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Best Universal Entertainment Corporation Games of All Time

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Best Universal Entertainment Corporation Games of All Time is a public top list created by Listnerd on rankly.com on September 27th 2013. Items on the Best Universal Entertainment Corporation Games of All Time top list are added by the rankly.com community and ranked using our secret ranking sauce. Best Universal Entertainment Corporation Games of All Time has gotten 72 views and has gathered 0 votes from 0 voters. O O

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    1

    Cheeky mouse

    Cheeky Mouse was an arcade game released by Universal Games in 1980. Try to hit the mouse with a hammer when it comes out from one of the holes in the wall. The mouse will try to get from its hole to the cheese on the other side of the house.
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    2

    Cosmic avenger

    • Year Released: 1981
    Cosmic Avenger is a 1981 arcade game developed and published by Universal. This game is the first continuous X-axis (Left to Right) scrolling video game. Wes Hupp holds the official record for this game with 117,290 points on November 17, 1982. Although Defender came out before Cosmic Avenger and was a continuous scroller, Defender went in 'circles.' Cosmic Avenger was ported to the ColecoVision video game console. Mark Bussler from Classic Game Room notes that Cosmic Avenger is the first continuous horizontal side-scrolling space shooter. Cosmic Avenger looks quite well and provides a rewarding challenge to the player.
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    3

    Do! run run

    • Year Released: 1984
    Do! Run Run (1984, also known as Super Pierrot in Japan) is the 4th and final incarnation of Mr. Do!, the Universal video game mascot. Returning to his Mr. Do! roots, the clown has a bouncing powerball with which to hurl at monsters. What makes this game novel is that instead of burrowing through the ground to get at cherries, Mr. Do runs along the playfield picking up dots, and leaving a line behind him, which the player is encouraged to create closed off sections with, which turn any dots left behind into cherries. Gone are the giant apples to crush foes, but the multi-tier stage design has two precariously balanced log traps, which roll downslope if either pushed from above or closely approached from the propped up stick side. The resulting game is somewhat of a cross between Mr. Do!, Congo Bongo, Pac-Man, and Qix. The title is a reference to the song Da Doo Ron Ron. The goal of Do! Run Run is to rack up points while completing screens. A screen is completed whenever all the fruits/dots are eaten, or when all of the regular monsters (not Alpha-monsters or their sidekicks) are defeated. Using the rope that follows Mr. Do to inscribe dots will convert them into cherries, a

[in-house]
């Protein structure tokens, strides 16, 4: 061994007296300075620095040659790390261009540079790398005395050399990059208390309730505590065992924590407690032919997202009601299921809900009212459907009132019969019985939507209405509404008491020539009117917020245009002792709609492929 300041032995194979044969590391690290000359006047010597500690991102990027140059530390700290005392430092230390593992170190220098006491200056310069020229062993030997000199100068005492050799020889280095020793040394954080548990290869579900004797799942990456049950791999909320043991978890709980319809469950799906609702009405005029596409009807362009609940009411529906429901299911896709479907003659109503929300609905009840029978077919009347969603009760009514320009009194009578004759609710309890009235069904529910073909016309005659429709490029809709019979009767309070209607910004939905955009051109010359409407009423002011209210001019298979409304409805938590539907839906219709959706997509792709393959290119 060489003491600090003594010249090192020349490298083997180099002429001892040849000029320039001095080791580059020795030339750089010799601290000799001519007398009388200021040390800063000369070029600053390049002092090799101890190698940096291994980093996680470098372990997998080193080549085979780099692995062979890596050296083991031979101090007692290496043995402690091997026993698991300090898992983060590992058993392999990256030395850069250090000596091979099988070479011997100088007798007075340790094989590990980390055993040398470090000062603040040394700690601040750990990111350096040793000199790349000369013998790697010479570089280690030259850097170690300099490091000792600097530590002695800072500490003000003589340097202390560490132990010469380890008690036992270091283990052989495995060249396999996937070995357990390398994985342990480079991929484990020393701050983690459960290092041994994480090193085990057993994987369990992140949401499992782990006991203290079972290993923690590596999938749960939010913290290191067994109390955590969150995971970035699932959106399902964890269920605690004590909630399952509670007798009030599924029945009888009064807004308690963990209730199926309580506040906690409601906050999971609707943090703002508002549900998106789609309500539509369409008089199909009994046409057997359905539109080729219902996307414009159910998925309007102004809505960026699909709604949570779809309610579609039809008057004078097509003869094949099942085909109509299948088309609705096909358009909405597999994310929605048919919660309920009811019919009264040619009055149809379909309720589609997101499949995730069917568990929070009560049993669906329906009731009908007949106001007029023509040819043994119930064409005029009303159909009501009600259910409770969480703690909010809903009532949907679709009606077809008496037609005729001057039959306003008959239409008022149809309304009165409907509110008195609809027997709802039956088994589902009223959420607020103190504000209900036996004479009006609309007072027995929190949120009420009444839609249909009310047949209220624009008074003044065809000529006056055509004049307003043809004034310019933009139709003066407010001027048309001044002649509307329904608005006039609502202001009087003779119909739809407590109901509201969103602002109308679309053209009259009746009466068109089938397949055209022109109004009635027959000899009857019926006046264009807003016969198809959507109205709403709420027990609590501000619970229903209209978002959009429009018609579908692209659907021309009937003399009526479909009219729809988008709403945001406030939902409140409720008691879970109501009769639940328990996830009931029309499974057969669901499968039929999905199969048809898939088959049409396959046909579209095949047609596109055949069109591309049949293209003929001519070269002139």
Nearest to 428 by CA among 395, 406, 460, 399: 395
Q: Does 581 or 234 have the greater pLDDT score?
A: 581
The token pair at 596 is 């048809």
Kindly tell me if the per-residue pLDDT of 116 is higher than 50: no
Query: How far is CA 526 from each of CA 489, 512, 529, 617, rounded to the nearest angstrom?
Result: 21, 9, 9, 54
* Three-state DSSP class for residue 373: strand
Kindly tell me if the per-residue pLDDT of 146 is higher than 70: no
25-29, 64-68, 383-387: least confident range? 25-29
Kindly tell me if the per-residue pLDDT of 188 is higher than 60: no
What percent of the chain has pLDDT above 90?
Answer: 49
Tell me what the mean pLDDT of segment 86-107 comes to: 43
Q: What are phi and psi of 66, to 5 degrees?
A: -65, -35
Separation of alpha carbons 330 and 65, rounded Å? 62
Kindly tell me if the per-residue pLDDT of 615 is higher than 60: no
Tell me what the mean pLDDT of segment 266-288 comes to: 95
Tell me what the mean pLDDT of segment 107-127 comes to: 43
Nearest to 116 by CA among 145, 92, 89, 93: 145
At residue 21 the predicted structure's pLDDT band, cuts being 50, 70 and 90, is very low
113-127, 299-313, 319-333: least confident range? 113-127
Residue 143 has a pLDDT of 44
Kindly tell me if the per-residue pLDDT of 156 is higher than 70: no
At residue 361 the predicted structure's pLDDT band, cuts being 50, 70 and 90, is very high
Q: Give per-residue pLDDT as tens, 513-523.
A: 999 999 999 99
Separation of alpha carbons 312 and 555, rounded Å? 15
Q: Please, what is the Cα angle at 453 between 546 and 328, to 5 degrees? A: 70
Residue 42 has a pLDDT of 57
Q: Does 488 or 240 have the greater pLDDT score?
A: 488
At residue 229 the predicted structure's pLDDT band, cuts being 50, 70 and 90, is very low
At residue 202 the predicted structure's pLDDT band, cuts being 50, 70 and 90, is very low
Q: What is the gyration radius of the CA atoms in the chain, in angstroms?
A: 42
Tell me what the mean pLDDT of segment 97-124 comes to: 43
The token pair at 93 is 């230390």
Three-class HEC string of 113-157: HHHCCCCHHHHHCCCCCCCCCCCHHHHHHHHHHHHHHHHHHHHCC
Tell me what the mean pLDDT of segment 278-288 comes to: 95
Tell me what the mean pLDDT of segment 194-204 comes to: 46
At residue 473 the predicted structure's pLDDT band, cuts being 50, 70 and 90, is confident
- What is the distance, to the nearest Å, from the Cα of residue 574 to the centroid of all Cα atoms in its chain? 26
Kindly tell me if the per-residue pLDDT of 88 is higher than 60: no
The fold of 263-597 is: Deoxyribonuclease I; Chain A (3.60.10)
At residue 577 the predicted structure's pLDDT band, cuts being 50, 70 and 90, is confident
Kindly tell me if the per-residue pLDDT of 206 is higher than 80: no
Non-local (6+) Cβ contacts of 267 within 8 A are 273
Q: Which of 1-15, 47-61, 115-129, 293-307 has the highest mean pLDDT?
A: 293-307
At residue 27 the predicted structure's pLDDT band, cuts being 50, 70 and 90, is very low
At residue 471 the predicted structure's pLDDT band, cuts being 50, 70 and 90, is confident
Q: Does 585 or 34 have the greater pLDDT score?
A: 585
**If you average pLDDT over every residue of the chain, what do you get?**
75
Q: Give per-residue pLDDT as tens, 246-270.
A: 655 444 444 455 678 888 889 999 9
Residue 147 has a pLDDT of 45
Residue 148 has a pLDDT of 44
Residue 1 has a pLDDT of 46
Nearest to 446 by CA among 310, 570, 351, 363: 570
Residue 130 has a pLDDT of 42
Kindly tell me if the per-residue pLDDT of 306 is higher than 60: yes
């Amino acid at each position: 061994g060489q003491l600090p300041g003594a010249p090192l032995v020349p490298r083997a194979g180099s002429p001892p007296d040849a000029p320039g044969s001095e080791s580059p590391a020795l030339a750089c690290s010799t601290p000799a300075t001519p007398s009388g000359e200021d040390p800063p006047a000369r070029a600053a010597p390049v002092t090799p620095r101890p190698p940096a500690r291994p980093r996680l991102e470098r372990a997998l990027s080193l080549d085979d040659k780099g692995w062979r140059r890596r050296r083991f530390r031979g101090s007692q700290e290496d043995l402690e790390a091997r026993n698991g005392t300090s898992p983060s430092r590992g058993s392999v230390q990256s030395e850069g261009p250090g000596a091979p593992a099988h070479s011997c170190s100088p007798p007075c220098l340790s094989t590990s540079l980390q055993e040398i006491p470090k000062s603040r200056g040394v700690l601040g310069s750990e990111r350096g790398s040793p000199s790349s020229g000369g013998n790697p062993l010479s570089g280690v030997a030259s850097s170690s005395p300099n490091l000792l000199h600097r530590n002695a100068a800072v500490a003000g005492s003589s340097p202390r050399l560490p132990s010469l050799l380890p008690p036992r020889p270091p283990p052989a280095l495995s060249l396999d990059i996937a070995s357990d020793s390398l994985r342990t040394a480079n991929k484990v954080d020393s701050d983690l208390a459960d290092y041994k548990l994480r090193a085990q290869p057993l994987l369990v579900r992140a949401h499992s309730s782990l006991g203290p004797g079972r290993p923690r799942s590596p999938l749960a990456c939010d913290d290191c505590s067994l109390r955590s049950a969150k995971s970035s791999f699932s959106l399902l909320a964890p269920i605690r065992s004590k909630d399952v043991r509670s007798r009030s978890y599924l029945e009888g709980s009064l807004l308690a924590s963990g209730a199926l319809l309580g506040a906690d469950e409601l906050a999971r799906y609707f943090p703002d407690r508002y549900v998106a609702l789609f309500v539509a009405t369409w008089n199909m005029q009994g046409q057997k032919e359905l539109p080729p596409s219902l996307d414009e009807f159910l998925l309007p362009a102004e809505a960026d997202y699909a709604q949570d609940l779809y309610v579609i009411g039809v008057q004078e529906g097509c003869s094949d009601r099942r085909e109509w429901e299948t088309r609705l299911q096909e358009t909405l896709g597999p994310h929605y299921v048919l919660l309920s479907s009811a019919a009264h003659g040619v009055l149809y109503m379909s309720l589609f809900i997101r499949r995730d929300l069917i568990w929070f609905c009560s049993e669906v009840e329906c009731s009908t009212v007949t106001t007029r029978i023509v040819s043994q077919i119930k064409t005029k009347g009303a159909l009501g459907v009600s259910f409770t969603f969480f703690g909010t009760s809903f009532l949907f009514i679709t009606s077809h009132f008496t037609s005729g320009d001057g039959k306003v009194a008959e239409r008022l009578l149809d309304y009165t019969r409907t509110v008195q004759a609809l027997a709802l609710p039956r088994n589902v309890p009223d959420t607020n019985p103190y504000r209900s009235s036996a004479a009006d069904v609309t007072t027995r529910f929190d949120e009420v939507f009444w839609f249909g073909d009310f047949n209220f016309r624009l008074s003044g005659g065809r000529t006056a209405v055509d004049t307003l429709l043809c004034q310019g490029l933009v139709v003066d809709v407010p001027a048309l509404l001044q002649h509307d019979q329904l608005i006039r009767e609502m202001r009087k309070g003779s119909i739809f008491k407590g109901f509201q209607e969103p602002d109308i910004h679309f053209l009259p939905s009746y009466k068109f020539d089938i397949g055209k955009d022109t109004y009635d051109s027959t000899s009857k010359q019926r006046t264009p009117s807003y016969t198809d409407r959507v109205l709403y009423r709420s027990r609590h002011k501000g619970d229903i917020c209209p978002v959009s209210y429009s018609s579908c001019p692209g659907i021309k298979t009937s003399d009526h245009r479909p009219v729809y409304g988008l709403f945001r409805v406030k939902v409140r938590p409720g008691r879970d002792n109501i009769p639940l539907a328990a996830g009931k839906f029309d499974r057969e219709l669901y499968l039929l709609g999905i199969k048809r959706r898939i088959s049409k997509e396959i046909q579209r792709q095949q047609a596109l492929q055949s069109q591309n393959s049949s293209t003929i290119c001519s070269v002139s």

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    4

    Galaxy wars

    • Year Released: 1979
    Galaxy Wars is an arcade video game developed by Universal (game company), and manufactured by Taito in 1979. Depress the fire button for a missile. The missile speed increases when depressing the fire button continuously. Guide the missile from a stationary launch pad to the top of the screen to blow up the invading fleet of armed UFO's while dodging meteorites and bombs. Points are awarded for blowing up various ships and range from 50-550 depending on the ship. There is a bonus chance of 600 points for one pattern. After clearing a level or "pattern" as the back of the flyer calls it, the player was rewarded with messages like "Good!!" after 3 screens cleared, "Very Good!!" after 7 screens cleared, "Wonderful!!" after 10 screens cleared, and "Fantastic!!" after 15 screens cleared. Players who failed to score any points were told to "Give Up!!" A launcher appears every 3,000 additional points (5,000 if the adjustment is made in the controlling dip switches in the arcade cabinet). The game has a 1up and 2up player score and High Score tallied at the top of the screen. The arcade cabinet has one joystick to move the launcher left to right and guide the missiles. They also mentioned
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    5

    Lady bug

    • Year Released: 1981
    Lady Bug is an insect-themed maze chase arcade game produced by Universal Games and released in 1981. Its gameplay was inspired by Pac-Man but with several additions to the formula, such as the ability to alter the layout of the maze through gate-shifting. The goal of Lady Bug is to eat all dots, hearts and letters in the maze while avoiding other insects. The player is represented by a red, yellow, and green character resembling a ladybug while the enemy insects' appearance varies by level. The border of the maze acts as timer, with each circuit signaling the release of an enemy insect from the central area, up to (generally) a maximum of four. The speed of the circuit increases on stages 2 and 5. Unlike the more famous Pac-Man, the player can alter the layout of the maze by shifting any of the twenty green gates. It is not possible to completely isolate a portion of the maze through gate-shifting. When the fourth enemy insect enters the maze, the central area will show a level-specific vegetable. Eating a vegetable gives the player bonus points and immobilizes the enemy insects for several seconds, though touching them is still lethal. The randomly-placed skull icons are lethal